- Review Price: £249.99
Brother is currently the only manufacturer of inkjet all-in-ones capable of handling A3 as well as A4 paper. The larger paper size inevitably makes the DCP-6690CW a big machine, but Brother has done its best to keep the size down and offers some interesting extras, like a wide touchscreen interface, wireless connection and twin paper trays.
The machine looks like a medium-sized business photocopier, but with wider paper trays both for paper feed and the Automatic Document Feeder (ADF) on top. The high-gloss cover to the ADF folds open to provide paper support and scanned pages feed to the top of the scanner cover. The scanner flatbed is A3 size, so the machine has full A3 scan and copy facilities as well as A3 print.
The control panel is remarkably free of buttons, partly because this machine has no fax facilities, but mainly because of its widescreen, touch-sensitive LCD panel. The touchscreen is easy to use and positive to the touch, with a beeped response to each virtual button-press. Physical buttons are restricted to mode selection and starting and stopping copy jobs.
Along the top lip of the front panel are slots for memory cards, unusually including CompactFlash, and a socket for PictBridge and USB drives. This is a pretty comprehensive set and enables direct print and upload of images to a PC.
The two large paper trays in the front of the machine are both expandable. This means if you only occasionally print or copy A3 pages, you can leave the trays closed in their A4 position and save quite a bit of desk real estate. Both the trays and their covers are telescopic.
In Brother’s usual quaint way, the USB and Ethernet sockets are fitted deep inside the machine, so you have to hinge the scanner section up and reeve the cables round to reach them. This is awkward when setting up or moving the machine, so most people will probably choose the wireless connection.
It’s best to handle wireless setup as a two-stage process: start by running the Wizard from the touchscreen of the DCP-6690CW and get it to find the right network and connect by entering a passcode as necessary. You then run setup on the PC and install the drivers. Brother supplies a copy of Paperport 11SE as well as its own MFL-Pro scanning software. Drivers are provided for Windows and OS X and Linux drivers can be downloaded from the Brother Solutions Center.
Brother claims 35ppm for black print and 28ppm for colour from this machine. We would suggest you’re only likely to see this if you’re printing a couple of characters per page in draft mode. Printing on plain paper in normal print mode, we recorded 4.11ppm for a typical 5-page text document, rising to 4.49ppm on a 20-page one. This is around 13 percent of the rated speed, so draw your own conclusions.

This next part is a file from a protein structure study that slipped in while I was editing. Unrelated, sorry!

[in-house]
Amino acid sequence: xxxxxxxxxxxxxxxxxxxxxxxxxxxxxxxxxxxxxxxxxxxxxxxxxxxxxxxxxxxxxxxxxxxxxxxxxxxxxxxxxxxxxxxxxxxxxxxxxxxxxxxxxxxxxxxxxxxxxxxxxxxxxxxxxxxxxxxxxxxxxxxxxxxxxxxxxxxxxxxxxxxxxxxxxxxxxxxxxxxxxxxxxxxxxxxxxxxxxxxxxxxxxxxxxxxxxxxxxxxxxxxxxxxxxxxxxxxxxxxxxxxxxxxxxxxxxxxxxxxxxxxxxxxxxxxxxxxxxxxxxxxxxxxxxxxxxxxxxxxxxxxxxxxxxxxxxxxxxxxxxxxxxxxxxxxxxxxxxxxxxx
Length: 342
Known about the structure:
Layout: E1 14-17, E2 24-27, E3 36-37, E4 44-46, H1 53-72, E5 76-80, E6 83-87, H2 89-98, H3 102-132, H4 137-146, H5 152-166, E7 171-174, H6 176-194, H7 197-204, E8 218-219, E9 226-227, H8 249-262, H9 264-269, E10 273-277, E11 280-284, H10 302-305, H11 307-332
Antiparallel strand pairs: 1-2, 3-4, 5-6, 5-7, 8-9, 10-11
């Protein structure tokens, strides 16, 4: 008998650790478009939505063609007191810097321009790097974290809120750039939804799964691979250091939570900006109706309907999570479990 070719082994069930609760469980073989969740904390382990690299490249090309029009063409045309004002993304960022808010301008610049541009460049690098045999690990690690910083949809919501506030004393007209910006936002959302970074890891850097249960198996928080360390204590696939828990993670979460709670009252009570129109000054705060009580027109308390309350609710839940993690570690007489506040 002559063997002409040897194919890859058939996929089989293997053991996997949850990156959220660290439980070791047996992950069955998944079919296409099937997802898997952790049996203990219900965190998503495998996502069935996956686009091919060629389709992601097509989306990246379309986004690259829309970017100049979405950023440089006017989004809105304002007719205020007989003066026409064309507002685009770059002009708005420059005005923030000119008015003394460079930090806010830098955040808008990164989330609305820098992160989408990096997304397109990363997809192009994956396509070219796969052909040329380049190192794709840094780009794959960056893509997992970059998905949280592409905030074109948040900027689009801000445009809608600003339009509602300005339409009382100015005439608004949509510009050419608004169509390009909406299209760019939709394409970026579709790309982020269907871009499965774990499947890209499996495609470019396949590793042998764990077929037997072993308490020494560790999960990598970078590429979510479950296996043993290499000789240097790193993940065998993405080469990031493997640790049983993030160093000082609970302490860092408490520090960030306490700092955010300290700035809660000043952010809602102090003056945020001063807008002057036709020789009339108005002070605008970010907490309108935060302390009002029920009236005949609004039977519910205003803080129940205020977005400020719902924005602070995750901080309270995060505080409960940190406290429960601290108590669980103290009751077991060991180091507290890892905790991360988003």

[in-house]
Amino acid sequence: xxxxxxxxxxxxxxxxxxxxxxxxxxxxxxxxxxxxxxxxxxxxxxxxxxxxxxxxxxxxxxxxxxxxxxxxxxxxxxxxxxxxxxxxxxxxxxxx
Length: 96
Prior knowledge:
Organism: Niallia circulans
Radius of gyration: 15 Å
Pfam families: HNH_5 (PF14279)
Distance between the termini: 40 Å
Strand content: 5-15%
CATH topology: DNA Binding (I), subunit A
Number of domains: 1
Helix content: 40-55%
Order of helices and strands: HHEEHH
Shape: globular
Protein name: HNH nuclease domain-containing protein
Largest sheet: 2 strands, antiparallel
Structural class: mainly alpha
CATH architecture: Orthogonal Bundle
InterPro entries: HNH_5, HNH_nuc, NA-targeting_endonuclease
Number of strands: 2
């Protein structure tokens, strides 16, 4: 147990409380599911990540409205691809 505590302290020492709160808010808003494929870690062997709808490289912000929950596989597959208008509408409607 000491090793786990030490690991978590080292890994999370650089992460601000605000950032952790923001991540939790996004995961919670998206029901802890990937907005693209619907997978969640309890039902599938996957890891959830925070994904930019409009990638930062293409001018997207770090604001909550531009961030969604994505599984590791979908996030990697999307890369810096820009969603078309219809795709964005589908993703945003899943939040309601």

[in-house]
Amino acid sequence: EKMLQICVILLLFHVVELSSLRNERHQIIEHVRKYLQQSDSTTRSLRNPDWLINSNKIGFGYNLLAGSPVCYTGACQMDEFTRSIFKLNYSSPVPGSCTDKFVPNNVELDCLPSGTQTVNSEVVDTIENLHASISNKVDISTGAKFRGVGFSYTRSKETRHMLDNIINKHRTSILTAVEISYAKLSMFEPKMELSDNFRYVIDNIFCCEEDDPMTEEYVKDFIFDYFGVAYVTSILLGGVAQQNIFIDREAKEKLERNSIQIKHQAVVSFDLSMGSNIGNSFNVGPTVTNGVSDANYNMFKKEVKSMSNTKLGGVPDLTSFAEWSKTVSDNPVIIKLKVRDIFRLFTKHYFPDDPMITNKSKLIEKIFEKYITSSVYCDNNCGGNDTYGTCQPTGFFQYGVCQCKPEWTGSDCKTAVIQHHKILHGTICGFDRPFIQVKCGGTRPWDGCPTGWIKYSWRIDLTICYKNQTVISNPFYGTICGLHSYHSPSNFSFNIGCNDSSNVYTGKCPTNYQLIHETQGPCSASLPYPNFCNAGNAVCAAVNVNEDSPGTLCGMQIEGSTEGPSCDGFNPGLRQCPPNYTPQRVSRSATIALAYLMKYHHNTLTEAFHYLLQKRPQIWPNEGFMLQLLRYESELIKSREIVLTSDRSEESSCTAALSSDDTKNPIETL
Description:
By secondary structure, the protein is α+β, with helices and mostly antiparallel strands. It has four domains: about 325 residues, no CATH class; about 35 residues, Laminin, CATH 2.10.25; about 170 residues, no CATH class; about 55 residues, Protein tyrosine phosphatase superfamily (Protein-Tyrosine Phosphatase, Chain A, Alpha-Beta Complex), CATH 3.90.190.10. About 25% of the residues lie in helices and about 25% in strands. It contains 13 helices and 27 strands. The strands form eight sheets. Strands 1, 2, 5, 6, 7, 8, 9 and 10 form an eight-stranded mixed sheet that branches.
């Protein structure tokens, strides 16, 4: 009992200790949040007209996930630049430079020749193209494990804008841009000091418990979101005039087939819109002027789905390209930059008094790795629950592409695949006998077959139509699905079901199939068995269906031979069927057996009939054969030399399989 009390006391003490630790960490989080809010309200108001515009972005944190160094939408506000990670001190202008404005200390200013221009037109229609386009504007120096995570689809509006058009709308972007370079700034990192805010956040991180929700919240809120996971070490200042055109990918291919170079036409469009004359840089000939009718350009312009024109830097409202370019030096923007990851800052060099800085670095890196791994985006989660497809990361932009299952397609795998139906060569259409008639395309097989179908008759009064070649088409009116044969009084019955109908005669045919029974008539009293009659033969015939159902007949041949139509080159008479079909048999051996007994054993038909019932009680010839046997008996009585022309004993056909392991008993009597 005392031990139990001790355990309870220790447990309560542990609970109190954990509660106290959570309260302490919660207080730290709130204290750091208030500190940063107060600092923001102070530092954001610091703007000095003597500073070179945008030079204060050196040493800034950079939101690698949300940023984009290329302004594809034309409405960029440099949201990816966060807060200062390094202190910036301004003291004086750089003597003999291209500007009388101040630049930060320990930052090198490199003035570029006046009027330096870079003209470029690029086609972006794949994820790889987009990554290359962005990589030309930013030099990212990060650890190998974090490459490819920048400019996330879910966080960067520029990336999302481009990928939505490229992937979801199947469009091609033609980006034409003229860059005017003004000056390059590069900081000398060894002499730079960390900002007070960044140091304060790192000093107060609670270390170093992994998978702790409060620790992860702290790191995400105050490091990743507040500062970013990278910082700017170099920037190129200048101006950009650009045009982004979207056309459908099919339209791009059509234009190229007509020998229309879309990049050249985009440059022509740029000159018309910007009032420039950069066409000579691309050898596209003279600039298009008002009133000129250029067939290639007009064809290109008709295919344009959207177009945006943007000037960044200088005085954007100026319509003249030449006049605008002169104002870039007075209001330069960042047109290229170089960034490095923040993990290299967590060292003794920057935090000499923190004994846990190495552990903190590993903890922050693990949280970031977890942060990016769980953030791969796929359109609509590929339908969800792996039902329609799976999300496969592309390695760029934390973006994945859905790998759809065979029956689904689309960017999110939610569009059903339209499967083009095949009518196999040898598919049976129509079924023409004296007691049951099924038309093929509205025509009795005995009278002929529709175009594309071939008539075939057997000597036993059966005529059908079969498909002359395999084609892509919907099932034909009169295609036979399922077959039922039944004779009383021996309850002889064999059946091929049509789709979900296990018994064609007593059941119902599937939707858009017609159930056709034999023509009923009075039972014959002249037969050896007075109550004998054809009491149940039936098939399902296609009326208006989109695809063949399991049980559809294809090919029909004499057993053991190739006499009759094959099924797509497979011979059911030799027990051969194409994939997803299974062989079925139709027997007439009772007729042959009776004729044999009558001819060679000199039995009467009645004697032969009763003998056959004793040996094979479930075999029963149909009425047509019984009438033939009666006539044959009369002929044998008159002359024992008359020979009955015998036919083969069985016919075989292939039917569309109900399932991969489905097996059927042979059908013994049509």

The 5-page black text and colour graphics document took 1:52 to complete, which is equivalent to 2.68ppm, less than a tenth of the number on the box. These speeds are pretty slow by rival inkjet standards, where even the £90 HP Photosmart Plus B209 managed 7.69ppm and 5.08ppm on the five-page black and colour documents.
Printing A3 pages also produced fairly slow speeds, with a 5-page job returning 2.63ppm and the equivalent text and colour graphics print giving 1.65ppm. 15 x 10cm photos took around 1:45 from PC, memory card or PictBridge camera.
Copy jobs are also pretty laid-back, with a single-page A4 copy taking 50 seconds and the equivalent A3 copy coming through in 1:04. From the ADF, 5-page black text copies took 1:52 for A4 and 1:58 for A3.
The print quality is only fair. Black text has a decidedly grey appearance, in comparison with inkjets from Canon, HP or Lexmark and there’s some fuzz around characters, produced by ink bleed into the paper fibres. Colour graphics are reasonable, though shades are a little insipid and even more so in colour copies.
Photo prints are surprisingly good for a machine which is intended primarily for the office. Colours are natural and vary smoothly from shade to shade. There’s plenty of detail, though some darker hues are lost to black. A full page, A3 print looked good, though it did take just under seven minutes to complete.
The four ink cartridges are available in two capacities and to their credit, Brother supplies the high yield versions in the box with the machine. These provide 950 pages of black and 750 pages of colour and give costs per page of 2.85p and 6.91p, respectively, including 0.7p paper. Both these costs are very reasonable for an inkjet and even printing A3, they shouldn’t see you that out-of-pocket.
If you need A3 colour print, the DCP-6690CW is an economic way of getting it, both in terms of initial purchase price and running costs. The machine’s feature set is also good, with the convenience of wireless networking and touchscreen control, but it’s the core features of print quality and speed that let it down. Print quality is okay, but nothing special and the print speed, even for A4, is slow.
Score in detail
Print Speed 6
Print Quality 7
|Networking||Fast Ethernet, Wi-Fi|
|Card slot||Memory Stick, Memory Stick PRO, Secure Digital, Secure Digital High Capacity (SDHC), xD-Picture Card, xD-Picture Card Type H, xD-Picture Card Type M|
|Paper Size||A3, A4, Letter, Legal, Executive, A5, A6, 102 mm x 152 mm|
|Sheet Capacity||400 sheets|
|Rated Black Speed (Images per minute)||35 ppmipm|
|Rated Colour Speed (Images per minute)||28 ppmipm|
|Scan Resolution (Dots per inch)||1200 x 2400dpi|
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